My recent post on spec scripts prompted the usual slew of questions about whether one should spec this or that show.I don't know.
. I am not currently trying to write a spec script, so I haven't done the research. Which means I'm just guessing. Shows go in and out of favor as a spec. As Shawn noted in an earlier post, Cold Case is out. Criminal Minds is in. Go figure why.
So I would like to ask those blog readers who have agents to do a bit of homework for us. Please ask your agent's assistant
what the hot specs are these days, in general. And post the answer in the comments.
PS There is the ongoing question whether you should spec an episode or a pilot. My feeling is you need one of each these days. I wouldn't hire someone if they couldn't show me at least one kickass spec episode, no matter how good their pilot was. Writing a spec episode is also better practice; and writing a great spec episode is a hell of a lot easier than writing a great spec pilot.
Labels: spec scripts
For half hour comedies the hot spec script is The Office.
For hour long dramas it's House.
My manager has me concentrating on original material right now - I finished a pilot not too long ago and started a new one recently. As far as specs, she's sending out a Rescue Me I did last year. House is still the one to write; also Ugly Betty - everyone and their mother is writing one right now. For cable, try a Dexter. Unfortunately, this was not a good year for specs, which has increased the calls for original pilots.
Jane Espenson's blog is all about spec writing. Read enough of her posts and you'll know exactly which shows to write specs for.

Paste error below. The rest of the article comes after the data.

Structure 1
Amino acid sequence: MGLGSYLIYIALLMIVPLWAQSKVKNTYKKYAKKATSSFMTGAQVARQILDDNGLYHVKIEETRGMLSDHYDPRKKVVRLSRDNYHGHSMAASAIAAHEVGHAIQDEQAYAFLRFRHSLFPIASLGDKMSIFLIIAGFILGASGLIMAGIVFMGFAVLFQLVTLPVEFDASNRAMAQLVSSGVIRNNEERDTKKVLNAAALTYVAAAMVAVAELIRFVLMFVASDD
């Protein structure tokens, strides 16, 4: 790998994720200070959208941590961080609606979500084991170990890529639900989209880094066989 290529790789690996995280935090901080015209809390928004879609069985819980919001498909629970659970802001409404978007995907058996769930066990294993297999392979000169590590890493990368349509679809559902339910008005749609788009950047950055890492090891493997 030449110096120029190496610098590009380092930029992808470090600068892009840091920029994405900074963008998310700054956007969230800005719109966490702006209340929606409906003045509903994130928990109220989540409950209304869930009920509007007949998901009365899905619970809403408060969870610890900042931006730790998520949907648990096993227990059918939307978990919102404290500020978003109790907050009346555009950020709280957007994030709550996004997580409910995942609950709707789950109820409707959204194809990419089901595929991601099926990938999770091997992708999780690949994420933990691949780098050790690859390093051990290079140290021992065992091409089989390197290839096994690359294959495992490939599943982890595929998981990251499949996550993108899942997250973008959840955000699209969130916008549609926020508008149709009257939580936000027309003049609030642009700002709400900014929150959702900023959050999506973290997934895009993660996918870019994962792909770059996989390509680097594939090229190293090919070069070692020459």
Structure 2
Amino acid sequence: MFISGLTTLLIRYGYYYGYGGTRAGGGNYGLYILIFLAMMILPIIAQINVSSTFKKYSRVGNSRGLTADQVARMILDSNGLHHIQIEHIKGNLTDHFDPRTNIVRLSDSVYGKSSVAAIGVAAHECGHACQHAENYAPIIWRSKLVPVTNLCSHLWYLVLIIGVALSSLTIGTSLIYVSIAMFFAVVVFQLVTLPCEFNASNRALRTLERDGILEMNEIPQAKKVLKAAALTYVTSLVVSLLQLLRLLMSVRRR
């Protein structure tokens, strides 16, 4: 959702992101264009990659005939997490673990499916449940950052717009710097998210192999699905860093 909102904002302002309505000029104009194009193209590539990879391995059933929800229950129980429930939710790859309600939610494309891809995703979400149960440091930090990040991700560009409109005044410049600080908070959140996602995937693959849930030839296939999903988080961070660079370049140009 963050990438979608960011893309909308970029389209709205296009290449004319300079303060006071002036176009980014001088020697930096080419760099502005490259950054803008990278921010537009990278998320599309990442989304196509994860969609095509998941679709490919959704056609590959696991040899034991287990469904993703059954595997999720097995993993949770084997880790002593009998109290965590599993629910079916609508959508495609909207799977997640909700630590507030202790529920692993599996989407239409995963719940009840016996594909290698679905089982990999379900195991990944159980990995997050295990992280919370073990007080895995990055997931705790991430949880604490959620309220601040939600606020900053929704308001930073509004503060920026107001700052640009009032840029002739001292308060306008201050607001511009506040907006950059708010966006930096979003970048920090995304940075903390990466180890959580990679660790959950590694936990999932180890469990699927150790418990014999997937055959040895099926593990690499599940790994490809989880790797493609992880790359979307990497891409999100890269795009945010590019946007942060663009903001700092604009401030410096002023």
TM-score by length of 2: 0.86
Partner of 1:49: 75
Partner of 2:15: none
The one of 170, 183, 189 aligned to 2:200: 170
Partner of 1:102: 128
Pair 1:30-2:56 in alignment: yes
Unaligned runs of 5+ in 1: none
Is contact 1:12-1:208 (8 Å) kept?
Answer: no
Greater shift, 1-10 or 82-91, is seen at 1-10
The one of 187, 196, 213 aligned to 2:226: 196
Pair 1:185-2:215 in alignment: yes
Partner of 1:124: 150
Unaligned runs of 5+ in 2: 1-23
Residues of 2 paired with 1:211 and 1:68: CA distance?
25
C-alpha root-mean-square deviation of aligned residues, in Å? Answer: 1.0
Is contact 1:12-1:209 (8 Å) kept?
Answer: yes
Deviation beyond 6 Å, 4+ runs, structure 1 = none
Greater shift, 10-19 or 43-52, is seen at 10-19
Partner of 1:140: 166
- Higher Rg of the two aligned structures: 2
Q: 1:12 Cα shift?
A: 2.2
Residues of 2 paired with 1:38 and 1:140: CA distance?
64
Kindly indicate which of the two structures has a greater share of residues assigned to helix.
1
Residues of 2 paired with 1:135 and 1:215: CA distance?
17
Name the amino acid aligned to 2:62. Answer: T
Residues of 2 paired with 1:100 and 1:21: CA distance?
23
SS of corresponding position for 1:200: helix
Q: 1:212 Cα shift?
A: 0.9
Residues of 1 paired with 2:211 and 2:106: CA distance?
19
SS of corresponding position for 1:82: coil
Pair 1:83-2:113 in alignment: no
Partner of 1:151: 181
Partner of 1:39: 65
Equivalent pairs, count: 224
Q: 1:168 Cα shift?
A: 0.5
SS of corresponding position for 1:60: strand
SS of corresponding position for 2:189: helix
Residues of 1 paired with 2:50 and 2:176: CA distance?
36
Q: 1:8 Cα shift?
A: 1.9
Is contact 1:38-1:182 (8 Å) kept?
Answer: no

Ugh. This topic makes me absolutely crazy. Not only does the "hot spec" change about once a month, but the rules are constantly changing as well.
For example, I spoke with a friend last night who works as an assistant for a big time TV Lit agent at a big time agency. She told me they just signed a kid (a writer's assistant, btw) who wrote a Diff'rent Strokes spec.
What?! I have had no less than fifteen industry insiders (producers, agents, etc.) tell me that my spec will absolutely, positively not get read if it's a show that's not currently on the air.
I always suspected this absolute to be bogus, but here's the proof. You can basically spec whatever the hell you want. My feeling has been that it's less important what you write and more important what you've done. Have you worked on a show as a writer's assistant? Have you sold anything? Is your short film in festivals? Do you have a hot YouTube video. If you have a little bit of heat an agent will read a "Diff'rent Strokes," but if you don't, they'll come up with some excuse for why they won't read you. (No matter how timely your spec.)
But, if anyone's interested, the word on the street (this week) is "It's Always Sunny in Philadelphia" and "30 Rock" for comedy specs.
I am both delighted and surprised to hear that about "Sunny" delighted because I would like to do one, surprised because I would still think there are tons of agents and development people who wouldn't know that show well enough to evaluate a spec of it.
Guess Entourage is so "last year," eh?
I would bet hard cash that the DIFFERENT STROKES spec was the most outrageous parody in the world with Willis and Kimberly gettin' it on, Mr. Drummond coming out of the closet, and Arnold taking his first bong hit.
There's an I LOVE LUCY spec making the rounds that's of the same calibre. I call them parody specs - specs designed to play on your expectations of the show, then smashing those expectations to bits.
There was a CHARLIE BROWN spec several years ago with the kids all grown up... rather all effed up.
What's the word on Weeds specs? Does anyone know or could they find out? Would be much appreciated.
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